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The Inevitable Societal Collapse of the USA and How to Prepare and Cope
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Dullenplain
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Old Feb 16, 2009, 11:42 PM Local time: Feb 16, 2009, 10:42 PM #1 of 15
The Inevitable Societal Collapse of the USA and How to Prepare and Cope

Just a few days ago, Dmitri Olrov, author of Reinventing Collapse, a book describing and offering suggestions on downgearing American society to pre-20th century proto-anarchic conditions in the eventual and devastating effects of Peak Oil, has given a rather lengthy talk offering his view on the current stimulus plan, his idea that it is just stemming the inevitable, and offering a vision on how Americans could cope with the prospects of life after, but not transcending, petroleum.

Here is the full transcription of his talk.

And here are some excerpts, since the entire thing would probably be tl;dr for one post:

Quote:
. . . If there is one thing that I would like to claim as my own, it is the comparative theory of superpower collapse. For now, it remains just a theory, although it is currently being quite thoroughly tested. The theory states that the United States and the Soviet Union will have collapsed for the same reasons, namely: a severe and chronic shortfall in the production of crude oil (that magic addictive elixir of industrial economies), a severe and worsening foreign trade deficit, a runaway military budget, and ballooning foreign debt. I call this particular list of ingredients "The Superpower Collapse Soup." Other factors, such as the inability to provide an acceptable quality of life for its citizens, or a systemically corrupt political system incapable of reform, are certainly not helpful, but they do not automatically lead to collapse, because they do not put the country on a collision course with reality. Please don't be too concerned, though, because, as I mentioned, this is just a theory. My theory.

I've been working on this theory since about 1995, when it occurred to me that the US is retracing the same trajectory as the USSR. As so often is the case, having this realization was largely a matter of being in the right place at the right time. The two most important methods of solving problems are: 1. by knowing the solution ahead of time, and 2. by guessing it correctly. I learned this in engineering school – from a certain professor. I am not that good at guesswork, but I do sometimes know the answer ahead of time . . .

. . . But this talk is about something else, something other than making dire predictions and then acting all smug when they come true. You see, there is nothing more useless than predictions, once they have come true. It’s like looking at last year’s amazingly successful stock picks: what are you going to do about them this year? What we need are examples of things that have been shown to work in the strange, unfamiliar, post-collapse environment that we are all likely to have to confront. Stuart Brand proposed the title for the talk – “Social Collapse Best Practices” – and I thought that it was an excellent idea. Although the term “best practices” has been diluted over time to sometimes mean little more than “good ideas,” initially it stood for the process of abstracting useful techniques from examples of what has worked in the past and applying them to new situations, in order to control risk and to increase the chances of securing a positive outcome. It’s a way of skipping a lot of trial and error and deliberation and experimentation, and to just go with what works . . .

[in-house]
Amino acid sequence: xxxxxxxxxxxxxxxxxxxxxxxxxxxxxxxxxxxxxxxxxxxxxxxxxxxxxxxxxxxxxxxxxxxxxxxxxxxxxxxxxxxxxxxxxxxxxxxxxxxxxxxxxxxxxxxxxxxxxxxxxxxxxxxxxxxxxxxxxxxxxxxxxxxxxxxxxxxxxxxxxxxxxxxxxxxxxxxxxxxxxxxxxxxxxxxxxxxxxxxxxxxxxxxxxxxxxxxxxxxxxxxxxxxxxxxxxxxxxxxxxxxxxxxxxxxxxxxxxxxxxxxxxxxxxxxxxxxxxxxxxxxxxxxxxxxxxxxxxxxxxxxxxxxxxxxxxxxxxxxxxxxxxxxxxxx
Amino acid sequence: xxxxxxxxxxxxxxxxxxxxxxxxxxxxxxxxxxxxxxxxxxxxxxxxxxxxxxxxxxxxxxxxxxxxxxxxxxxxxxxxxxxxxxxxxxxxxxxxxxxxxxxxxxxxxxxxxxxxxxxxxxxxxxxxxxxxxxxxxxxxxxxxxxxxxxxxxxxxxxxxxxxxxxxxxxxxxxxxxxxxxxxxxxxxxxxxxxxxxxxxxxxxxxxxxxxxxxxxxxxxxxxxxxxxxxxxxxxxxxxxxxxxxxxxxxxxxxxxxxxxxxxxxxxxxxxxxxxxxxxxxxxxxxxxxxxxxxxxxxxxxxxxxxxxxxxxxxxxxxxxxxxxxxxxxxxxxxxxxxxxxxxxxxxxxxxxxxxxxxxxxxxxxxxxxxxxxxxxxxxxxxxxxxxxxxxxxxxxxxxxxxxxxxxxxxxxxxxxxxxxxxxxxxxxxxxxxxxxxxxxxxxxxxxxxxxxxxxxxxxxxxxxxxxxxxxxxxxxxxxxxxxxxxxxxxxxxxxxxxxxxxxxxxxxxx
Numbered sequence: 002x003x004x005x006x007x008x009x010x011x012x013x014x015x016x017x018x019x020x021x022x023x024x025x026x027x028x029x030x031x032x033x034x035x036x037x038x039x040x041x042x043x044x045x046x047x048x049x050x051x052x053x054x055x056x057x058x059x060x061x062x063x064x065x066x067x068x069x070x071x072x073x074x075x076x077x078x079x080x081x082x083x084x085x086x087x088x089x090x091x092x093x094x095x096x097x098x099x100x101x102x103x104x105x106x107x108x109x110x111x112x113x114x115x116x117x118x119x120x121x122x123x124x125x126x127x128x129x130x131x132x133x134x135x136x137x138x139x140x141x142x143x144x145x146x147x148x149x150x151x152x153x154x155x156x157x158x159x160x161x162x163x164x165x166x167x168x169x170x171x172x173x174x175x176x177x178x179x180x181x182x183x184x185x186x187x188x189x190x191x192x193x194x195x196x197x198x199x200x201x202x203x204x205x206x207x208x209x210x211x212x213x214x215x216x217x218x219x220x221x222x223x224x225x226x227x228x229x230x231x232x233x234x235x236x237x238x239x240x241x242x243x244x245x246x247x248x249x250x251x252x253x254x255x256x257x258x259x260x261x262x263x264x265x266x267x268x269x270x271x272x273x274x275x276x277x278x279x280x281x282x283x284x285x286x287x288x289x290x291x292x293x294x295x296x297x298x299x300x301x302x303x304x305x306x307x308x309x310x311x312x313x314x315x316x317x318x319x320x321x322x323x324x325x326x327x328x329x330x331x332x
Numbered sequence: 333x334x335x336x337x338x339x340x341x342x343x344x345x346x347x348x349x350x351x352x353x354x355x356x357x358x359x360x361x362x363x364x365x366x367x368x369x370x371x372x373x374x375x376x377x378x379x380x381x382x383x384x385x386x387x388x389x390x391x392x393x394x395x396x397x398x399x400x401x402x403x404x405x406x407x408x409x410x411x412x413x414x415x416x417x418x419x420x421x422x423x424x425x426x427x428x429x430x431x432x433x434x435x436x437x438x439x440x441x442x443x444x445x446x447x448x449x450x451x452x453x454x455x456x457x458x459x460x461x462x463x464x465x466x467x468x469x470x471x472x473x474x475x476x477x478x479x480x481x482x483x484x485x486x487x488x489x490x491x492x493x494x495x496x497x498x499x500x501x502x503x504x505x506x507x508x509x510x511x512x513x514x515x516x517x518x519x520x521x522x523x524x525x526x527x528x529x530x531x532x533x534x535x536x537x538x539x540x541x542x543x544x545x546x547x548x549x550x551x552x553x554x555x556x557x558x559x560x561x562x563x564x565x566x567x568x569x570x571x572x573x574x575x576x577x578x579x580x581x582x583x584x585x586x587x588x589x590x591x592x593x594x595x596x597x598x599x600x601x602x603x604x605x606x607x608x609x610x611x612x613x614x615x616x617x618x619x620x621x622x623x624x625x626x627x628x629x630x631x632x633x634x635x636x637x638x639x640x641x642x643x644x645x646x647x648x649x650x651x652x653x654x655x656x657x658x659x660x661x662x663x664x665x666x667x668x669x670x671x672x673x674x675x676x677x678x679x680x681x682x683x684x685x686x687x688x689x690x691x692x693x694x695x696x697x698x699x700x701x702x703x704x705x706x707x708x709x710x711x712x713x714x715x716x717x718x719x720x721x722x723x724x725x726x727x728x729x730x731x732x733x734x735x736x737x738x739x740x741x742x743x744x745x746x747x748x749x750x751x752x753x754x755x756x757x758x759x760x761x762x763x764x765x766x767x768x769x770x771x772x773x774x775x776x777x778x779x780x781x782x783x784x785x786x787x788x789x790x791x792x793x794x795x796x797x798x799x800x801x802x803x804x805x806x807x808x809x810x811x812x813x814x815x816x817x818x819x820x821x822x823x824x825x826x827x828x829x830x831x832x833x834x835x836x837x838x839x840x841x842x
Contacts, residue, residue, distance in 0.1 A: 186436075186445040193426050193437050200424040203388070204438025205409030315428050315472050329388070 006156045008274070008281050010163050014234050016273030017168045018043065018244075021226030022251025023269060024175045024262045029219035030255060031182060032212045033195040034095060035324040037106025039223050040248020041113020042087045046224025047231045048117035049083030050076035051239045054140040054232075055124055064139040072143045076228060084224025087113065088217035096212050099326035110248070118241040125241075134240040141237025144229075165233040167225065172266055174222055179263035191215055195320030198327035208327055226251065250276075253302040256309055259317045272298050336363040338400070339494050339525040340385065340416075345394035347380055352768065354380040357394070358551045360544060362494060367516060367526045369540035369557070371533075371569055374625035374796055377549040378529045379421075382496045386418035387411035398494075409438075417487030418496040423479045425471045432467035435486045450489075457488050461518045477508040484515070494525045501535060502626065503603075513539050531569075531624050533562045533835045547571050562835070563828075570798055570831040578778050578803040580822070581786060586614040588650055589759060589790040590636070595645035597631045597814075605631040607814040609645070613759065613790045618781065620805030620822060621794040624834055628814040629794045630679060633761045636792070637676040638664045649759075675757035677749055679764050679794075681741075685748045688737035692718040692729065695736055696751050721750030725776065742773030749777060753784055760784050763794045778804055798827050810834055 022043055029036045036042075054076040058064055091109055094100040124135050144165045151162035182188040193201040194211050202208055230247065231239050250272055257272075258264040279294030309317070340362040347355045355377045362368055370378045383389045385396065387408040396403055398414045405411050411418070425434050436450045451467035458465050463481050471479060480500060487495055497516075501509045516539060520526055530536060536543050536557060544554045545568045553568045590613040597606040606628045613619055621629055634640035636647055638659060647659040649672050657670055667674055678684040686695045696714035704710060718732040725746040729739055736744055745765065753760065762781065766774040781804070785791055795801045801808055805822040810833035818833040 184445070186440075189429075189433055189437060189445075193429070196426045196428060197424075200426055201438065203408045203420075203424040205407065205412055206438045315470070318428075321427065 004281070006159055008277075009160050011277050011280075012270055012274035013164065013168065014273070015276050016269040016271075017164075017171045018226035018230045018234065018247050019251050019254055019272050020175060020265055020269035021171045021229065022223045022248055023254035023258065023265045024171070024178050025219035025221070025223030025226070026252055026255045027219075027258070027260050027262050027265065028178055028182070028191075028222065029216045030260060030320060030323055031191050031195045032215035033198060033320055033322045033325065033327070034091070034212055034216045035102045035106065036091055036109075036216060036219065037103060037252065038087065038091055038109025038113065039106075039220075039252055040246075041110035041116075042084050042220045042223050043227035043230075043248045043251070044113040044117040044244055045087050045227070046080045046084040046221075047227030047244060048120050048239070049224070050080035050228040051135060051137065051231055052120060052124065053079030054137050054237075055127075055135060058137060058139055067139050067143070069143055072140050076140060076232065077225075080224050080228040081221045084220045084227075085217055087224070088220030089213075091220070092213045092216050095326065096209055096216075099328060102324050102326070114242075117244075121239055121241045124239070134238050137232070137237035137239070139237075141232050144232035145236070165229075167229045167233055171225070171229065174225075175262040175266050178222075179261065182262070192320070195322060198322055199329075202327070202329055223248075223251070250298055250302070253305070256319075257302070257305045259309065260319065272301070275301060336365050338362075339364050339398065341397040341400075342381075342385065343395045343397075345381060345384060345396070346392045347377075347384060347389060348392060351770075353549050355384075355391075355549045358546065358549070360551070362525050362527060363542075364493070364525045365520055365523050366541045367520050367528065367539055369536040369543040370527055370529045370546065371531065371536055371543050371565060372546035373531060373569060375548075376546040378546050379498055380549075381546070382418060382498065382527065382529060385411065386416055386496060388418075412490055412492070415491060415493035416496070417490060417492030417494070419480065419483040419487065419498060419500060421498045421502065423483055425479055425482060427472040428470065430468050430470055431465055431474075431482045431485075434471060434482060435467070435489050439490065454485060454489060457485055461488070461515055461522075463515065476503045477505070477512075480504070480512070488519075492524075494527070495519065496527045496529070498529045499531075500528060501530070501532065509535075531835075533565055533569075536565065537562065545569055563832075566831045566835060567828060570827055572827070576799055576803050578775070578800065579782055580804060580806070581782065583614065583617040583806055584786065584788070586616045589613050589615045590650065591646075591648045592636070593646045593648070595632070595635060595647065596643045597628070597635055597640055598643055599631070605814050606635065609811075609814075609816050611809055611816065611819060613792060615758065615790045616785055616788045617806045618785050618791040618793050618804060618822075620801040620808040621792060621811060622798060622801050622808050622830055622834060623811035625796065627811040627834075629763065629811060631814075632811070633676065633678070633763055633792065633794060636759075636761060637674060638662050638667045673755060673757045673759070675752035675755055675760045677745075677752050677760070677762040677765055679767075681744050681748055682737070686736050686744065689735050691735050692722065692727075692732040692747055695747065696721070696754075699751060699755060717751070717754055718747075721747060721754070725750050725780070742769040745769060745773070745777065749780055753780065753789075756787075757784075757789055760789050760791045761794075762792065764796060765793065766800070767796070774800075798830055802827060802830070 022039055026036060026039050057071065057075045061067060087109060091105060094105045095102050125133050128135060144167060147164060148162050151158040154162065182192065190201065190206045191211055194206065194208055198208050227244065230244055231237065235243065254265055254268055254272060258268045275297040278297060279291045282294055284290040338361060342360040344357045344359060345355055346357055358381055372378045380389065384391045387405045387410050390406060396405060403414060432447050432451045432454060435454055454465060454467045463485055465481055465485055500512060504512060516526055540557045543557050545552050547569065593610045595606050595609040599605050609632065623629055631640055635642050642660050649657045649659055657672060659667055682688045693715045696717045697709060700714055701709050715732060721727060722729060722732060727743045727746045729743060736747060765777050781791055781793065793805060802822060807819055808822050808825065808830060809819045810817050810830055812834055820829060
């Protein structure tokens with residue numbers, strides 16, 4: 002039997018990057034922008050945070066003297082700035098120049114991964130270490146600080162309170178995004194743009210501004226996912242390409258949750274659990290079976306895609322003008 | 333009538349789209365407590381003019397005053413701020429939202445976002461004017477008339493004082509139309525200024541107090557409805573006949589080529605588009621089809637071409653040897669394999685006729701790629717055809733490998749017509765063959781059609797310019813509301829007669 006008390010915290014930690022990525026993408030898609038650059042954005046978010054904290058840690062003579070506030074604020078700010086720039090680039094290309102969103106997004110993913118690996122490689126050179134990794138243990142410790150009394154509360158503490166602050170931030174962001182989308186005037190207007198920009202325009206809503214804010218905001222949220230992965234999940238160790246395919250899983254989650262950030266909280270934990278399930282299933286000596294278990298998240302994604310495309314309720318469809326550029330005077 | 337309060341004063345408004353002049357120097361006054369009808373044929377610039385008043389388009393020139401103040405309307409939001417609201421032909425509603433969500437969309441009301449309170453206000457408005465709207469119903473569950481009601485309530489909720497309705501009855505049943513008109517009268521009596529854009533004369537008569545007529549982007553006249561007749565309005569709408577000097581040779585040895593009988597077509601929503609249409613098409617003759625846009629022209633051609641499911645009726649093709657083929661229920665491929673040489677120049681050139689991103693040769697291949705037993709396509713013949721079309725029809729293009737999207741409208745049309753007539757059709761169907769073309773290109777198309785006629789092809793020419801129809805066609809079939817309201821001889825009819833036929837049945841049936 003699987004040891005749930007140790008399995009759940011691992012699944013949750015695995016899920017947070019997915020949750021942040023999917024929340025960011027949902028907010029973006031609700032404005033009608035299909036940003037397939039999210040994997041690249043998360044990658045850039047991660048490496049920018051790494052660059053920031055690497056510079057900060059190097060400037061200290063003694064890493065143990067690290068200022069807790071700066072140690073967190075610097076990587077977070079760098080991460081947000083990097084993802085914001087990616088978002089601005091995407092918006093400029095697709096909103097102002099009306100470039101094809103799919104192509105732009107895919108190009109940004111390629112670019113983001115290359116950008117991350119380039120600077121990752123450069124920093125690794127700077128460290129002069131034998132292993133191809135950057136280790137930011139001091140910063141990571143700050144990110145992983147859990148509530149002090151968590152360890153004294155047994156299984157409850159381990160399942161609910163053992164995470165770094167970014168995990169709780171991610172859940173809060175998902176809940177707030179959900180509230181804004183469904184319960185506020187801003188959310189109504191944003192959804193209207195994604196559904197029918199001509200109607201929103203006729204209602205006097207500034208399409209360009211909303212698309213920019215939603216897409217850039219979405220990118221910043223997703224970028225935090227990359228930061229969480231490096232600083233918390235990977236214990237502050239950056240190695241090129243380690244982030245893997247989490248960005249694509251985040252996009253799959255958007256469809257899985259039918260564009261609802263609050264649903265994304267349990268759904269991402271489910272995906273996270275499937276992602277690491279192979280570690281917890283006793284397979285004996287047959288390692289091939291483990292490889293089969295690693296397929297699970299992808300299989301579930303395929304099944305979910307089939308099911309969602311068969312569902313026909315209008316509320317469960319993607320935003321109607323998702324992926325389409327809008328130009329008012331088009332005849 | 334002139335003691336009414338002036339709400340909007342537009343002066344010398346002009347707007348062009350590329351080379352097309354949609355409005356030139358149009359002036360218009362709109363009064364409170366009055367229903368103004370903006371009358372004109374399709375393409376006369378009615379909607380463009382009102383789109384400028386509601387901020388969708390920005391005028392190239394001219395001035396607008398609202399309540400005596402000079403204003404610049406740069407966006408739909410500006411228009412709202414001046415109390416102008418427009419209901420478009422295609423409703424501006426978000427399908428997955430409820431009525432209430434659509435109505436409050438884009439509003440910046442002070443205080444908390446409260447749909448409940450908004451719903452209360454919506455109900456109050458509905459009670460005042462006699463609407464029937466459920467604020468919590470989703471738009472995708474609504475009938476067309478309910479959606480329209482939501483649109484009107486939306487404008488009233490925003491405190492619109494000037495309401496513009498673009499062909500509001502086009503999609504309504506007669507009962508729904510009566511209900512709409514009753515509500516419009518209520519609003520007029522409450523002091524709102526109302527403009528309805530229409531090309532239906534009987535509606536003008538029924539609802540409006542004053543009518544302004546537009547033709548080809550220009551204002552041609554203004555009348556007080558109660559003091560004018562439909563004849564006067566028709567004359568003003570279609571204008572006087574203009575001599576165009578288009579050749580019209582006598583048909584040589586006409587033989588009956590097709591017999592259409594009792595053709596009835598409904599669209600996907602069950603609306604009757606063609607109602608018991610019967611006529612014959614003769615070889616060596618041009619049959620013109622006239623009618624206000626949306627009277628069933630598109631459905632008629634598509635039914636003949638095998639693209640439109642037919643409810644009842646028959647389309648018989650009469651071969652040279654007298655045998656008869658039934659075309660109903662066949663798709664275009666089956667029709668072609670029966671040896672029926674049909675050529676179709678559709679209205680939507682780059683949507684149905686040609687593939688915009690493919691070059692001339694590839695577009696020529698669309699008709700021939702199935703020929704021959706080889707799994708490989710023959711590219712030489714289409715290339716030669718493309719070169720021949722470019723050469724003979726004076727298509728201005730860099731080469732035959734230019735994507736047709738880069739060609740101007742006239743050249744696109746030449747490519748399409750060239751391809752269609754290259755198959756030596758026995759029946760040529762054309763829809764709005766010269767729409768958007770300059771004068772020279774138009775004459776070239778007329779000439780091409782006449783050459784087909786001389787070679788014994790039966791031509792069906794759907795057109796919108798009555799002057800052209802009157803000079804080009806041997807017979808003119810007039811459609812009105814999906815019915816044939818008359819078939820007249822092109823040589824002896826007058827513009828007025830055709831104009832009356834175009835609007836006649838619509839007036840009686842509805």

. . . But let’s take it apart. Starting from the very general, what are the current macroeconomic objectives, if you listen to the hot air coming out of Washington at the moment? First: growth, of course! Getting the economy going. We learned nothing from the last huge spike in commodity prices, so let’s just try it again. That calls for economic stimulus, a.k.a. printing money. Let’s see how high the prices go up this time. Maybe this time around we will achieve hyperinflation. Second: Stabilizing financial institutions: getting banks lending – that’s important too. You see, we are just not in enough debt yet, that’s our problem. We need more debt, and quickly! Third: jobs! We need to create jobs. Low-wage jobs, of course, to replace all the high-wage manufacturing jobs we’ve been shedding for decades now, and replacing them with low-wage service sector jobs, mainly ones without any job security or benefits. Right now, a lot of people could slow down the rate at which they are sinking further into debt if they quit their jobs. That is, their job is a net loss for them as individuals as well as for the economy as a whole. But, of course, we need much more of that, and quickly! . . .

. . . Food. Shelter. Transportation. Security. When it comes to supplying these survival necessities, the Soviet example offers many valuable lessons. As I already mentioned, in a collapse many economic negatives become positives, and vice versa. Let us consider each one of these in turn . . .
Various things can be discussed on this alone, whether it is the validity of using the Soviet example as a model for how the United States may collapse, the degree to which you think society will downgrade to better maintain a modicum of exitence, or even if society will able to cope at all in the way Orlov imagines it will have to.

Or you can just call him a doomssayer crank, which may or may not be within forum guidelines.

Jam it back in, in the dark.

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Old Feb 17, 2009, 03:14 PM Local time: Feb 17, 2009, 02:14 PM #2 of 15